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Prioritizing Mental Wellbeing for Women in the Workplace

For years, women have faced unique obstacles when it comes to economic security, workplace inclusion and access to mental health resources. But lately, there have been breakthroughs of hope. Women are making their mental health a priority and employers are taking responsibility for positive changes in the workplace when it comes to diversity, equity, inclusion and belonging.

Women and men experience similar rates of mental health and substance use challenges, but among those challenges, women are twice as likely to develop depression, generalized anxiety disorders, and post-traumatic stress disorder (PTSD). Several factors contribute to these disparities, such as pay inequity, unbalanced responsibilities in the home and underrepresentation at work.

You can help. As an employer, you can promote inclusivity, acceptance and encouragement for women by:

  • Communicating resources and providing mental health training. Executives, human resources and other company leaders can demonstrate their dedication to mental wellbeing for women by sharing resources via email and investing in programs that support mental health.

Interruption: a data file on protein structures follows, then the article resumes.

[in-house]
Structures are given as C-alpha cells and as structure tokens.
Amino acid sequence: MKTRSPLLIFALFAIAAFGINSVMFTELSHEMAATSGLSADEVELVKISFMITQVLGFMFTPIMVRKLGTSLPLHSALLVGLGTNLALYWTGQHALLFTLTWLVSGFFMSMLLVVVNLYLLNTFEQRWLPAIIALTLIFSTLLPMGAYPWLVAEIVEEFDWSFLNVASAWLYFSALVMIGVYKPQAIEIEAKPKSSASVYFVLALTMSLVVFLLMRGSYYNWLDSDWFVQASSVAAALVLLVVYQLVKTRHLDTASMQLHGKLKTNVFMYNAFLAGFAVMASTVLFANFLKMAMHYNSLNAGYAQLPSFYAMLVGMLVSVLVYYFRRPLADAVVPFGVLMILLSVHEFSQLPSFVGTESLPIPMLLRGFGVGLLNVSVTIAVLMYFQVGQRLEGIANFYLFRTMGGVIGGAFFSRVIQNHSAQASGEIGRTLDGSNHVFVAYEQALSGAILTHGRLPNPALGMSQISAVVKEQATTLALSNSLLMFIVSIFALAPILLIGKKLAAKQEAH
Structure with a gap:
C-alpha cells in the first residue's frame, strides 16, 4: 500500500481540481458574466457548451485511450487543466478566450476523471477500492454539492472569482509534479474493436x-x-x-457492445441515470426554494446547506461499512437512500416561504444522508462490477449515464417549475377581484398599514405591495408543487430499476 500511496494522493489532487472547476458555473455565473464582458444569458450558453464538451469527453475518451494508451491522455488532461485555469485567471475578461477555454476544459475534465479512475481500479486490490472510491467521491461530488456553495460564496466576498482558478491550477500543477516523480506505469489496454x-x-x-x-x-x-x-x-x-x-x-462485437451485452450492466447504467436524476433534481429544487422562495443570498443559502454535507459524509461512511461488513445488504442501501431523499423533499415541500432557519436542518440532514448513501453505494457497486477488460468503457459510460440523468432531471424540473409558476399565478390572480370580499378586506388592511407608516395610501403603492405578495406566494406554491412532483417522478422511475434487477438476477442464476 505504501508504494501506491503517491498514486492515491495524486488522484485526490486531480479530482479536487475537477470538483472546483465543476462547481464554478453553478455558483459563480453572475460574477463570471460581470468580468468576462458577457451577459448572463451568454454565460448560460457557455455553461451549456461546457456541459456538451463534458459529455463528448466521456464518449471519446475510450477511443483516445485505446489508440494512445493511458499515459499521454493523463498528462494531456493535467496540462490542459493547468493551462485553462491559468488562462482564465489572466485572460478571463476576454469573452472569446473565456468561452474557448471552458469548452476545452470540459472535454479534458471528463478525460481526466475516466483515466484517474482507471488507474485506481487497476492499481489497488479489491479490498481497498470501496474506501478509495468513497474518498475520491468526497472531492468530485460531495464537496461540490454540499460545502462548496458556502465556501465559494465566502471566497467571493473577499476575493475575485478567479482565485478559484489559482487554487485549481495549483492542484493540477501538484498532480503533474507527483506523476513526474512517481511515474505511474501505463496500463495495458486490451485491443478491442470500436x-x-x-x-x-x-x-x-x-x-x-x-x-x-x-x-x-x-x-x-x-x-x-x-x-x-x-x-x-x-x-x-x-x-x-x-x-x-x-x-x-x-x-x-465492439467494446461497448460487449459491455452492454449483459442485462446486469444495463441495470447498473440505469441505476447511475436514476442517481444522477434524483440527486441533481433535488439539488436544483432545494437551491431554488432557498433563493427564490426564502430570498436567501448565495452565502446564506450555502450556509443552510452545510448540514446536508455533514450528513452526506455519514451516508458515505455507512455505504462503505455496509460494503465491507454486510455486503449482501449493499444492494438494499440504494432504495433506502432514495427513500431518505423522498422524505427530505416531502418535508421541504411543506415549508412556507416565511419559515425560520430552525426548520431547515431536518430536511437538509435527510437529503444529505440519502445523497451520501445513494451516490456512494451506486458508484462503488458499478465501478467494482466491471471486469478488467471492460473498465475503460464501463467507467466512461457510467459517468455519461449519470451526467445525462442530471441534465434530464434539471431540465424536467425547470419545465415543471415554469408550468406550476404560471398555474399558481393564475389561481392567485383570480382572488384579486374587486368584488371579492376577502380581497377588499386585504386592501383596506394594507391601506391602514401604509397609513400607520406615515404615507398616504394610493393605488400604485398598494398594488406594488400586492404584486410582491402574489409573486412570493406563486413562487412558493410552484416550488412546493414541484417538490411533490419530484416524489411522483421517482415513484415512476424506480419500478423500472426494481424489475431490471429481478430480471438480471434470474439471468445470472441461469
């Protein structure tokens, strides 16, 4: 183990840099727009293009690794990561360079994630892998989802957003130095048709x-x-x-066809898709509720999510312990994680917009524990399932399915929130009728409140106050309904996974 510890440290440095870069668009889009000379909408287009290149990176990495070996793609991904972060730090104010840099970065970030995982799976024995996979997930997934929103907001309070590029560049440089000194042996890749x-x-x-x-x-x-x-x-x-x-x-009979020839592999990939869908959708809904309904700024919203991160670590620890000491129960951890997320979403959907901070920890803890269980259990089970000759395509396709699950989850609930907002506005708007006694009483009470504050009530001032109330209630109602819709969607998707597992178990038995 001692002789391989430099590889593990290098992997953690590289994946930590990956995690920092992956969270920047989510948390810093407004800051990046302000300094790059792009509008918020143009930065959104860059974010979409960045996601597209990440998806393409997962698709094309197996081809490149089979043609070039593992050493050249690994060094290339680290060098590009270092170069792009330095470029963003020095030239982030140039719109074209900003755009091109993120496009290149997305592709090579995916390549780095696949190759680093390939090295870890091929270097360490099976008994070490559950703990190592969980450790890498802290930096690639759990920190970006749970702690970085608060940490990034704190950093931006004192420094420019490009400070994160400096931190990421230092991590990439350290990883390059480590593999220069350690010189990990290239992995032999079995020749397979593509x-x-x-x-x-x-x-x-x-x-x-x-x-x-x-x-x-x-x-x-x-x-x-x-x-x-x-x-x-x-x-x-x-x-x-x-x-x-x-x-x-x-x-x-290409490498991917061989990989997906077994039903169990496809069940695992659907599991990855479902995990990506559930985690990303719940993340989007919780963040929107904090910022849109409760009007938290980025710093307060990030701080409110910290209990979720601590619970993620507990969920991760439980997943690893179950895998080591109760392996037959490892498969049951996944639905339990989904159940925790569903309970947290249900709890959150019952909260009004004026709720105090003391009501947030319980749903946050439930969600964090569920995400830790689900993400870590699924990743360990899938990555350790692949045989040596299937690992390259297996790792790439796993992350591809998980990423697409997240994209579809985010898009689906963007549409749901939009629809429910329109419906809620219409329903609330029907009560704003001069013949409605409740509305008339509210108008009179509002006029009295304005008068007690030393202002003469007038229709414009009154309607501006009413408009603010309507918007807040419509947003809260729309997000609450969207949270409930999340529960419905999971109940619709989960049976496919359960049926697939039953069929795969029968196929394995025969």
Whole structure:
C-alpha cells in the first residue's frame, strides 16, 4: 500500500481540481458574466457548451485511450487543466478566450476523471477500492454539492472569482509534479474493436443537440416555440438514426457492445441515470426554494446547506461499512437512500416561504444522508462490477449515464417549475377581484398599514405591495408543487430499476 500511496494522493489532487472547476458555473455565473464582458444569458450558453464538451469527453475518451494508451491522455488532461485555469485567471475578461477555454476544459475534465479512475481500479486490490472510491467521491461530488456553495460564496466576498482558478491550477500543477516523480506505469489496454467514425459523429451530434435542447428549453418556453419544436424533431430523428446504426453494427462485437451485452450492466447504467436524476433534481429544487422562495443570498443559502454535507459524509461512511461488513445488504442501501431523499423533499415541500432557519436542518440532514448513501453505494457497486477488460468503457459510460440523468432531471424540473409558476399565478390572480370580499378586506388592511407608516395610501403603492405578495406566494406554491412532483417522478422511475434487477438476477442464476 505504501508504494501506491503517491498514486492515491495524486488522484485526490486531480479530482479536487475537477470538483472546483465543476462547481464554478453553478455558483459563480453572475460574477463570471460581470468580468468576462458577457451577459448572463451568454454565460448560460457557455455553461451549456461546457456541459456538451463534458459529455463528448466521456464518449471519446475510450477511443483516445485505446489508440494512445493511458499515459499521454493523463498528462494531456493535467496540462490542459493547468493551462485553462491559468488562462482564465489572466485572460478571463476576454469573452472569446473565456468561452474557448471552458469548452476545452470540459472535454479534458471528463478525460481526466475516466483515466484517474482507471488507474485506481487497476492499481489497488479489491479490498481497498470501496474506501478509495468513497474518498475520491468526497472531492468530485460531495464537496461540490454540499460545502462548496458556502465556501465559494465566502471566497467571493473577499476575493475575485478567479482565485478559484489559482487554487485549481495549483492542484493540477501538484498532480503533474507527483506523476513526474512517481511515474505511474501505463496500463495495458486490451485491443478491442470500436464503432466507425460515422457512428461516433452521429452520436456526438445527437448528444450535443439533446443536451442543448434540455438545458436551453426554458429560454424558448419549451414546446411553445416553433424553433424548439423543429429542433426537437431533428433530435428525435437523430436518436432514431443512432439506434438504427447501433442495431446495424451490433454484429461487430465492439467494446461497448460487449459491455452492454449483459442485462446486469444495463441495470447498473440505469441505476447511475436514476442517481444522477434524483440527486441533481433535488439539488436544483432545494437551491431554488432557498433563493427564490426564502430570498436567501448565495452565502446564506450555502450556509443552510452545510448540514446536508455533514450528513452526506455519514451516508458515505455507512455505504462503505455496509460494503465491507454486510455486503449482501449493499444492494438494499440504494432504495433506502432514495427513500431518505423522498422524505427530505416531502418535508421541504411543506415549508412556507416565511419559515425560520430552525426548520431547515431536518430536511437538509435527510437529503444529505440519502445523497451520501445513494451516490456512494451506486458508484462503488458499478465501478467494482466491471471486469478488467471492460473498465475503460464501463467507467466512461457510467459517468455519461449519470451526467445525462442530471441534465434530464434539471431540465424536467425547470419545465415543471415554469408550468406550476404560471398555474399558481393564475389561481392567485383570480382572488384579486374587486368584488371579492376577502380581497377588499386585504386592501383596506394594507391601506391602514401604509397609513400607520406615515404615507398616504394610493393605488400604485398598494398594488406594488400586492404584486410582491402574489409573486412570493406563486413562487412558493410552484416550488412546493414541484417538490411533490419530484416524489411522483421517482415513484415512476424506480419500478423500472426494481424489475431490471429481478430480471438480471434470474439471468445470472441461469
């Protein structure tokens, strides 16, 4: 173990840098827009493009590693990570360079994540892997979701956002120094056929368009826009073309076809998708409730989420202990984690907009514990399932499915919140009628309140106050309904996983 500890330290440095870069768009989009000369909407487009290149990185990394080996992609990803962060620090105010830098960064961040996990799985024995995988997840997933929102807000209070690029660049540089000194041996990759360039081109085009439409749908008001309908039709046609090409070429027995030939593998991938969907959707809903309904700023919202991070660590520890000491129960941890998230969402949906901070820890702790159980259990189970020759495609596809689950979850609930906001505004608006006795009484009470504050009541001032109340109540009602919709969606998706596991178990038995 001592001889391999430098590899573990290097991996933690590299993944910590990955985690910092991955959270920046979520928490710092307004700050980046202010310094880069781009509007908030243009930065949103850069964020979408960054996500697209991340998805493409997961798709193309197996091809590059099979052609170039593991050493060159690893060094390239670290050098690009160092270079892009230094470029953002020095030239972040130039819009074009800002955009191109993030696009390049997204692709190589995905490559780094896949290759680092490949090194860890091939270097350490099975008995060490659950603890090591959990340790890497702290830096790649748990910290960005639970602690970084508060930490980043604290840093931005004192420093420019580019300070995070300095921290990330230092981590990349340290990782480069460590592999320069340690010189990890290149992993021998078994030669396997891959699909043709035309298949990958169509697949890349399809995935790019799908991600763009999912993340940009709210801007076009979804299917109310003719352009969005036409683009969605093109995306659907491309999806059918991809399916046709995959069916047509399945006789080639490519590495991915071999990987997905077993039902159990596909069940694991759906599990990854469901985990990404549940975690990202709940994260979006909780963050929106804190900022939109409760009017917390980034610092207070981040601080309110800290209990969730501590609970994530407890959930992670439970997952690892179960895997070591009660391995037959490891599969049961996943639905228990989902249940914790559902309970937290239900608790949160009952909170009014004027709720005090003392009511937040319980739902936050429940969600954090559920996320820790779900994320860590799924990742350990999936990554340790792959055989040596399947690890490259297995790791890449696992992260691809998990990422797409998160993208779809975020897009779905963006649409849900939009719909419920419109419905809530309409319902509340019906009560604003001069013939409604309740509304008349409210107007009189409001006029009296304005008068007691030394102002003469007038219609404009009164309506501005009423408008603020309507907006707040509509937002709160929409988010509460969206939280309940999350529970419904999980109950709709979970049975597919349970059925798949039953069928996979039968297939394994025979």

• Building mental health into policies, procedures and measurement. This includes employee benefits, paid time off, leave and flexible working hours.
  • Fostering flexibility and sustainable ways of working. Set respectable, after-hour boundaries and realistic workloads. Leading by example will underscore those practices and show employees that they will not be penalized or discriminated against.
  • Being personable. At the end of the day, being relatable — and even vulnerable — can reduce stigma and increase trust.

The National Council for Mental Wellbeing recognizes the obstacles women face in the workplace and strives to help employers understand how to break the cycle of inequality:

  • Mental Health First Aid (MHFA) at Work is a training program that teaches employees how to recognize, identify and respond when a coworker may be experiencing a mental health or substance use challenge.
  • NatCon23 is an annual mental health and substance use conference that brings together hundreds of speakers on health care and mental wellbeing, thousands of attendees and more than 200 exhibitors and sponsors. Events include panels discussions, workshops, and symposiums.

Though mental health and wellbeing for women has come a long way, there is much ground still to cover. Awareness is a first step, but actual change needs to come next. #BetheDifference for women employees starting today.

To learn more about MHFA at Work, visit and complete the inquiry form.



American Psychiatry Association. (n.d.). Diversity and health equity education: women.

Greenwood, K. (2022, March 18). How organizations can support women’s mental health at work.

Mental Health America. (n.d.). Mind the workplace 2022.

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